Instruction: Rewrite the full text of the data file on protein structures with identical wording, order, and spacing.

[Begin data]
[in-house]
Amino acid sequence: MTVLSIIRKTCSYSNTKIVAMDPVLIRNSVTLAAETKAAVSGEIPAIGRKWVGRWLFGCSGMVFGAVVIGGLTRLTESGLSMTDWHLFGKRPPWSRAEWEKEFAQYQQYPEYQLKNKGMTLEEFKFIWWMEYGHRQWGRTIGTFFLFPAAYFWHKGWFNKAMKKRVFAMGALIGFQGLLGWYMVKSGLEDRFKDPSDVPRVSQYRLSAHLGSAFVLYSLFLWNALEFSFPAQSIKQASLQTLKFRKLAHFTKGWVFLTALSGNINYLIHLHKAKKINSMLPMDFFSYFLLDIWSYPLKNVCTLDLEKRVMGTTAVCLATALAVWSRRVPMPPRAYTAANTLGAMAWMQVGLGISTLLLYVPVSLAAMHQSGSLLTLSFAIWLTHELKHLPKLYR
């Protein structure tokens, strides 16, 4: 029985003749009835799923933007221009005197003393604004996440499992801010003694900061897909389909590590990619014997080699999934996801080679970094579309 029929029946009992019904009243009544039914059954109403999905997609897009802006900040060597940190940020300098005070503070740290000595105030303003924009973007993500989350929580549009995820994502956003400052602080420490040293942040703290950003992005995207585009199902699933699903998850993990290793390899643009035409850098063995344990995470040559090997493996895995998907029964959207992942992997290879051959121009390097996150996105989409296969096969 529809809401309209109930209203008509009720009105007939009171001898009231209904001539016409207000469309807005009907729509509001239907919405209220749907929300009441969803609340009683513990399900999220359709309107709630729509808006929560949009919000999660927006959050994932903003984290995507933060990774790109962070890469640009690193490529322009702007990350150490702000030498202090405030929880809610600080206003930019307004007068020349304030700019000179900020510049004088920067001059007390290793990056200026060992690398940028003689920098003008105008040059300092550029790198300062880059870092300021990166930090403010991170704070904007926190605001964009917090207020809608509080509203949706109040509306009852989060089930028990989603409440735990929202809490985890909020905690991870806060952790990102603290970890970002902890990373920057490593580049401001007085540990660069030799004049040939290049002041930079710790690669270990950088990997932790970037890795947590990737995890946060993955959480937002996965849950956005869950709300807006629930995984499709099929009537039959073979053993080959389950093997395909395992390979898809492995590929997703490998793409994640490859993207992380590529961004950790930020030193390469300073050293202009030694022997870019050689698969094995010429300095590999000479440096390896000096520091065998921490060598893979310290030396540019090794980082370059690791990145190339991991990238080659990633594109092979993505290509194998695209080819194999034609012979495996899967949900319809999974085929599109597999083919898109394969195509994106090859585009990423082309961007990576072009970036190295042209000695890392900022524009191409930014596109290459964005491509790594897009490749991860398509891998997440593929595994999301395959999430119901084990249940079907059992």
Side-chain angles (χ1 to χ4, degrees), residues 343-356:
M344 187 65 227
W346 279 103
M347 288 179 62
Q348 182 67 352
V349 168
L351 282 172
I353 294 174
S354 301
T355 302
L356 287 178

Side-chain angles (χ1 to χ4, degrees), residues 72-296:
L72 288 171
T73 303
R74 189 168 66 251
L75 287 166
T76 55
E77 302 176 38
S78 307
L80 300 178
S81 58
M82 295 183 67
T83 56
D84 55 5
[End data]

[in-house]
Amino acid sequence: MTVLSIIRKTCSYSNTKIVAMDPVLIRNSVTLAAETKAAVSGEIPAIGRKWVGRWLFGCSGMVFGAVVIGGLTRLTESGLSMTDWHLFGKRPPWSRAEWEKEFAQYQQYPEYQLKNKGMTLEEFKFIWWMEYGHRQWGRTIGTFFLFPAAYFWHKGWFNKAMKKRVFAMGALIGFQGLLGWYMVKSGLEDRFKDPSDVPRVSQYRLSAHLGSAFVLYSLFLWNALEFSFPAQSIKQASLQTLKFRKLAHFTKGWVFLTALSGNINYLIHLHKAKKINSMLPMDFFSYFLLDIWSYPLKNVCTLDLEKRVMGTTAVCLATALAVWSRRVPMPPRAYTAANTLGAMAWMQVGLGISTLLLYVPVSLAAMHQSGSLLTLSFAIWLTHELKHLPKLYR
């Protein structure tokens, strides 16, 4: 029985003749009835799923933007221009005197003393604004996440499992801010003694900061897909389909590590990619014997080699999934996801080679970094579309 029929029946009992019904009243009544039914059954109403999905997609897009802006900040060597940190940020300098005070503070740290000595105030303003924009973007993500989350929580549009995820994502956003400052602080420490040293942040703290950003992005995207585009199902699933699903998850993990290793390899643009035409850098063995344990995470040559090997493996895995998907029964959207992942992997290879051959121009390097996150996105989409296969096969 529809809401309209109930209203008509009720009105007939009171001898009231209904001539016409207000469309807005009907729509509001239907919405209220749907929300009441969803609340009683513990399900999220359709309107709630729509808006929560949009919000999660927006959050994932903003984290995507933060990774790109962070890469640009690193490529322009702007990350150490702000030498202090405030929880809610600080206003930019307004007068020349304030700019000179900020510049004088920067001059007390290793990056200026060992690398940028003689920098003008105008040059300092550029790198300062880059870092300021990166930090403010991170704070904007926190605001964009917090207020809608509080509203949706109040509306009852989060089930028990989603409440735990929202809490985890909020905690991870806060952790990102603290970890970002902890990373920057490593580049401001007085540990660069030799004049040939290049002041930079710790690669270990950088990997932790970037890795947590990737995890946060993955959480937002996965849950956005869950709300807006629930995984499709099929009537039959073979053993080959389950093997395909395992390979898809492995590929997703490998793409994640490859993207992380590529961004950790930020030193390469300073050293202009030694022997870019050689698969094995010429300095590999000479440096390896000096520091065998921490060598893979310290030396540019090794980082370059690791990145190339991991990238080659990633594109092979993505290509194998695209080819194999034609012979495996899967949900319809999974085929599109597999083919898109394969195509994106090859585009990423082309961007990576072009970036190295042209000695890392900022524009191409930014596109290459964005491509790594897009490749991860398509891998997440593929595994999301395959999430119901084990249940079907059992």
Side-chain angles (χ1 to χ4, degrees), residues 343-356:
M344 187 65 227
W346 279 103
M347 288 179 62
Q348 182 67 352
V349 168
L351 282 172
I353 294 174
S354 301
T355 302
L356 287 178

Side-chain angles (χ1 to χ4, degrees), residues 72-296:
L72 288 171
T73 303
R74 189 168 66 251
L75 287 166
T76 55
E77 302 176 38
S78 307
L80 300 178
S81 58
M82 295 183 67
T83 56
D84 55 5